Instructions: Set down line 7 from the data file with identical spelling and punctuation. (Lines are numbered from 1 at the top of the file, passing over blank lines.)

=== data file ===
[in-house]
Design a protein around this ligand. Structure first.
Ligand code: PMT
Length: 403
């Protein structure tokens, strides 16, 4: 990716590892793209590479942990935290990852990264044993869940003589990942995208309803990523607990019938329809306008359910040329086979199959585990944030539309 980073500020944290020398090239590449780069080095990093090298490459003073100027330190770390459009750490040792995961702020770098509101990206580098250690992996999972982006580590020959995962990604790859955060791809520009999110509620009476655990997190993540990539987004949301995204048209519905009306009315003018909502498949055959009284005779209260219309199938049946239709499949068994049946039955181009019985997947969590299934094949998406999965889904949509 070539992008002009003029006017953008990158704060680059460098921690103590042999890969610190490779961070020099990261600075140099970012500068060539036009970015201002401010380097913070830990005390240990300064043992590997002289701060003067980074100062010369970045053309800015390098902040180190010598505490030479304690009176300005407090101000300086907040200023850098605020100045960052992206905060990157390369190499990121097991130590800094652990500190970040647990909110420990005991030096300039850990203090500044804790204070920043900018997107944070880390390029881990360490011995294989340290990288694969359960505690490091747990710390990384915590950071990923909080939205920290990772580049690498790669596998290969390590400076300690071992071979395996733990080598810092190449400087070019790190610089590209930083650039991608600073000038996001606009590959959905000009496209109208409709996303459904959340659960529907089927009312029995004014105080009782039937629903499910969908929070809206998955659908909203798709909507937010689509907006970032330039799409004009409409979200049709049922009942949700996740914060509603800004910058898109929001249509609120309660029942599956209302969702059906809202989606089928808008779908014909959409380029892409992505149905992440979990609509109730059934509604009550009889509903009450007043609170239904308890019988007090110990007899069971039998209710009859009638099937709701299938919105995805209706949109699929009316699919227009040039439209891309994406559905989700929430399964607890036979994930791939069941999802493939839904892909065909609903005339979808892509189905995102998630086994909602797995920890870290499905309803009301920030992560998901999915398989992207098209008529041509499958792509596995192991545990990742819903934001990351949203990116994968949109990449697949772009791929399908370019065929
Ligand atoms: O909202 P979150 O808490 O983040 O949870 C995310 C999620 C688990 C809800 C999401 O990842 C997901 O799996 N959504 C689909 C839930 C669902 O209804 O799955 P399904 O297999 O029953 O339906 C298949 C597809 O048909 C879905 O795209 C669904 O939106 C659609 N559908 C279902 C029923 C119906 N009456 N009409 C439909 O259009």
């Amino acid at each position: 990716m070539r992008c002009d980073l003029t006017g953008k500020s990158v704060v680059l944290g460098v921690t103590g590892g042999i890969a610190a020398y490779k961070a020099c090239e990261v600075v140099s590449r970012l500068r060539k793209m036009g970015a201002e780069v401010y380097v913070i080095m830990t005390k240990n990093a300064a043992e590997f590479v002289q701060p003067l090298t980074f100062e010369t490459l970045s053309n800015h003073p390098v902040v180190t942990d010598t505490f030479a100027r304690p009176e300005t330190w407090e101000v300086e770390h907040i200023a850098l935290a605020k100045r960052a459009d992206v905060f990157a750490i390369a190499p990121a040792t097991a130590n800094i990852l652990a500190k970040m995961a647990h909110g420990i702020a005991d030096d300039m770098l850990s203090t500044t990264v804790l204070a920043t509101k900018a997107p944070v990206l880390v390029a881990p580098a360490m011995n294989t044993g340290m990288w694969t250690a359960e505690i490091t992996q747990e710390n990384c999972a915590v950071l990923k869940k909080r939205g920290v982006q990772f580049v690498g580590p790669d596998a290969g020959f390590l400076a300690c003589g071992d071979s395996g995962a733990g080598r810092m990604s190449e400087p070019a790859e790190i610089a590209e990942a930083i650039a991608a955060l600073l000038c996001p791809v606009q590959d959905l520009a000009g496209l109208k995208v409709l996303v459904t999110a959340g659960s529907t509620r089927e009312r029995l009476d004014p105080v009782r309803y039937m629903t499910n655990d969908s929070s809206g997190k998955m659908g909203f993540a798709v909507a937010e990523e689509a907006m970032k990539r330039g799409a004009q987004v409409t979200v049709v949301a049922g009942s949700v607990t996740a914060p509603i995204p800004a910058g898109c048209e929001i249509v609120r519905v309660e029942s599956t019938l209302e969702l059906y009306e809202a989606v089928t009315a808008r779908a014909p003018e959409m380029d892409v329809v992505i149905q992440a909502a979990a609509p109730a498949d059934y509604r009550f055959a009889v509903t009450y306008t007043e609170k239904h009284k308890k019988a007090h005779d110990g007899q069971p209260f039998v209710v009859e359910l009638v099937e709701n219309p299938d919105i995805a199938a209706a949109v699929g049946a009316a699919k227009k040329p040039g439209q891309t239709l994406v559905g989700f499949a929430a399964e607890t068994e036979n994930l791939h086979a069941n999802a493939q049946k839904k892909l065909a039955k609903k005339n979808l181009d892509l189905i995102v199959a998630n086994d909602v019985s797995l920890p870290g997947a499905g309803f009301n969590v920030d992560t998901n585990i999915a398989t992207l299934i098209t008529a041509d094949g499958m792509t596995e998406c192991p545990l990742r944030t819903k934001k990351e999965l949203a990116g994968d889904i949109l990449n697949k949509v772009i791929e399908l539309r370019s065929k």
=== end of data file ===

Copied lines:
């Amino acid at each position: 990716m070539r992008c002009d980073l003029t006017g953008k500020s990158v704060v680059l944290g460098v921690t103590g590892g042999i890969a610190a020398y490779k961070a020099c090239e990261v600075v140099s590449r970012l500068r060539k793209m036009g970015a201002e780069v401010y380097v913070i080095m830990t005390k240990n990093a300064a043992e590997f590479v002289q701060p003067l090298t980074f100062e010369t490459l970045s053309n800015h003073p390098v902040v180190t942990d010598t505490f030479a100027r304690p009176e300005t330190w407090e101000v300086e770390h907040i200023a850098l935290a605020k100045r960052a459009d992206v905060f990157a750490i390369a190499p990121a040792t097991a130590n800094i990852l652990a500190k970040m995961a647990h909110g420990i702020a005991d030096d300039m770098l850990s203090t500044t990264v804790l204070a920043t509101k900018a997107p944070v990206l880390v390029a881990p580098a360490m011995n294989t044993g340290m990288w694969t250690a359960e505690i490091t992996q747990e710390n990384c999972a915590v950071l990923k869940k909080r939205g920290v982006q990772f580049v690498g580590p790669d596998a290969g020959f390590l400076a300690c003589g071992d071979s395996g995962a733990g080598r810092m990604s190449e400087p070019a790859e790190i610089a590209e990942a930083i650039a991608a955060l600073l000038c996001p791809v606009q590959d959905l520009a000009g496209l109208k995208v409709l996303v459904t999110a959340g659960s529907t509620r089927e009312r029995l009476d004014p105080v009782r309803y039937m629903t499910n655990d969908s929070s809206g997190k998955m659908g909203f993540a798709v909507a937010e990523e689509a907006m970032k990539r330039g799409a004009q987004v409409t979200v049709v949301a049922g009942s949700v607990t996740a914060p509603i995204p800004a910058g898109c048209e929001i249509v609120r519905v309660e029942s599956t019938l209302e969702l059906y009306e809202a989606v089928t009315a808008r779908a014909p003018e959409m380029d892409v329809v992505i149905q992440a909502a979990a609509p109730a498949d059934y509604r009550f055959a009889v509903t009450y306008t007043e609170k239904h009284k308890k019988a007090h005779d110990g007899q069971p209260f039998v209710v009859e359910l009638v099937e709701n219309p299938d919105i995805a199938a209706a949109v699929g049946a009316a699919k227009k040329p040039g439209q891309t239709l994406v559905g989700f499949a929430a399964e607890t068994e036979n994930l791939h086979a069941n999802a493939q049946k839904k892909l065909a039955k609903k005339n979808l181009d892509l189905i995102v199959a998630n086994d909602v019985s797995l920890p870290g997947a499905g309803f009301n969590v920030d992560t998901n585990i999915a398989t992207l299934i098209t008529a041509d094949g499958m792509t596995e998406c192991p545990l990742r944030t819903k934001k990351e999965l949203a990116g994968d889904i949109l990449n697949k949509v772009i791929e399908l539309r370019s065929k």